Whether you want to camp on Omaha Beach or stay in an apartment hotel in Caen city centre, self catering allows you to shop with locals and experience France whilst also going vegan. We found plenty of vegan options in Caen’s supermarkets and fresh fruit and vegetable stalls in rural villages between the beaches of Normandy. Pack picnics, eat breakfast in bed and create meals you love with locally sourced French ingredients.
Breaking Up The Drive With A Stop In Dunkirk
Depending on where you are starting out from in the U.K. you can reach Normandy in a day, but it makes for a pretty long one even from the south of the U.K. If you fancy breaking up the drive, a stop in Dunkirk is the obvious choice. Only a 40 minute drive to or from Calais, Dunkirk is also full of interesting war history. Pick a hotel right on the beach like Le Transat Bleu and enjoy the multiple local restaurants and bars – our favourite was l’edito Restaurant and Cafe.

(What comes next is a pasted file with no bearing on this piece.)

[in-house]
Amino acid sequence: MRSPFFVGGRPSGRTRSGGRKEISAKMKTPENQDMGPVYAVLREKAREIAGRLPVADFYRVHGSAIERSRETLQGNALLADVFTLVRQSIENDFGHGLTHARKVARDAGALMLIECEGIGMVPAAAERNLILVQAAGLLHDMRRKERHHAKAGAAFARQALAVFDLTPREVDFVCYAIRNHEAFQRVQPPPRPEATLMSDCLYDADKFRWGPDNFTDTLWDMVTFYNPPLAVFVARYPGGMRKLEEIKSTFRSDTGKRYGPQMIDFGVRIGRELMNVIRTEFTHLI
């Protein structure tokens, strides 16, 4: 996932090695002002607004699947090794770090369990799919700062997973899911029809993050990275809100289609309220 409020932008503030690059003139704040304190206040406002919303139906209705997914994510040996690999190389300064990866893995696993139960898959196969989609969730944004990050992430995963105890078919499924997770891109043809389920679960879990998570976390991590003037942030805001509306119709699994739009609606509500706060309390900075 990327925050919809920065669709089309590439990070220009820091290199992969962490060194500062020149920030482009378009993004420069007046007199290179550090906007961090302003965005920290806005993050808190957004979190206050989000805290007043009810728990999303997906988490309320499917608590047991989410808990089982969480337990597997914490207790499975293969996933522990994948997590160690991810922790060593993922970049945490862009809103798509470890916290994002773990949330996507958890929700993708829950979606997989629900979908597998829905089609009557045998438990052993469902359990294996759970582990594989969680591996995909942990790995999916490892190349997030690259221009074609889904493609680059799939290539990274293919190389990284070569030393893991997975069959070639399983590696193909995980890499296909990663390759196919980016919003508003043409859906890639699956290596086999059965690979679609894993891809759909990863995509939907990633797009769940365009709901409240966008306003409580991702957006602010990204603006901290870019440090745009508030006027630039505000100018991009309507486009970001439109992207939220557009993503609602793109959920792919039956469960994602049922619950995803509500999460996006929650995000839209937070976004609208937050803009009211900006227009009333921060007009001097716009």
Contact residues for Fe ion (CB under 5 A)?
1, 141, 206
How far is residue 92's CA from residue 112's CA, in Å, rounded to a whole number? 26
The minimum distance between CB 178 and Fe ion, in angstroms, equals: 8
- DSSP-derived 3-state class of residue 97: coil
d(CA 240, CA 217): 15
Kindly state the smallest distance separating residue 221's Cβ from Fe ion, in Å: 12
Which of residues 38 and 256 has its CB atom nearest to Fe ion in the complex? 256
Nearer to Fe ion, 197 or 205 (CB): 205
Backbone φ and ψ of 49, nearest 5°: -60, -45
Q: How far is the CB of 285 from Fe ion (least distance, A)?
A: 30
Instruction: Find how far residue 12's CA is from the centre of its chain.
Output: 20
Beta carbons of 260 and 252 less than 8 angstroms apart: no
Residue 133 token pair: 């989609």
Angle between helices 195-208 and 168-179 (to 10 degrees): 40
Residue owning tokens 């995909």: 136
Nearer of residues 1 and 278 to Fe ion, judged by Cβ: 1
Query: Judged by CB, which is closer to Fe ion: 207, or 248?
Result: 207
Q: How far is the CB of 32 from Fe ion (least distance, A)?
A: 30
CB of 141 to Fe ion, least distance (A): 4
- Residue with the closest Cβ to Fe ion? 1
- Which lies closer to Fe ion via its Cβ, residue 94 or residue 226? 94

We spent one night in Dunkirk at the end of our Normandy Road trip; it seemed an appropriate place to connect the history of the battles of Normandy. Enjoy relaxing beach walks, local museums and a park with a beautiful artificial poppies art display.
In conclusion, a road trip to Normandy is by far the best way to discover this region. Whether you are keen on war history or know very little about the D-Day landings, whether you want to be indoors learning or outdoors experiencing, planning a Normandy road trip with a healthy balance of ‘then’ and ‘now’ will make for a truly fulfilling experience.
We have split our Normandy holiday into two blogs.
If you enjoyed reading Planning a Normandy Road Trip for Two, you may also like to read The Best Things to Do in Normandy.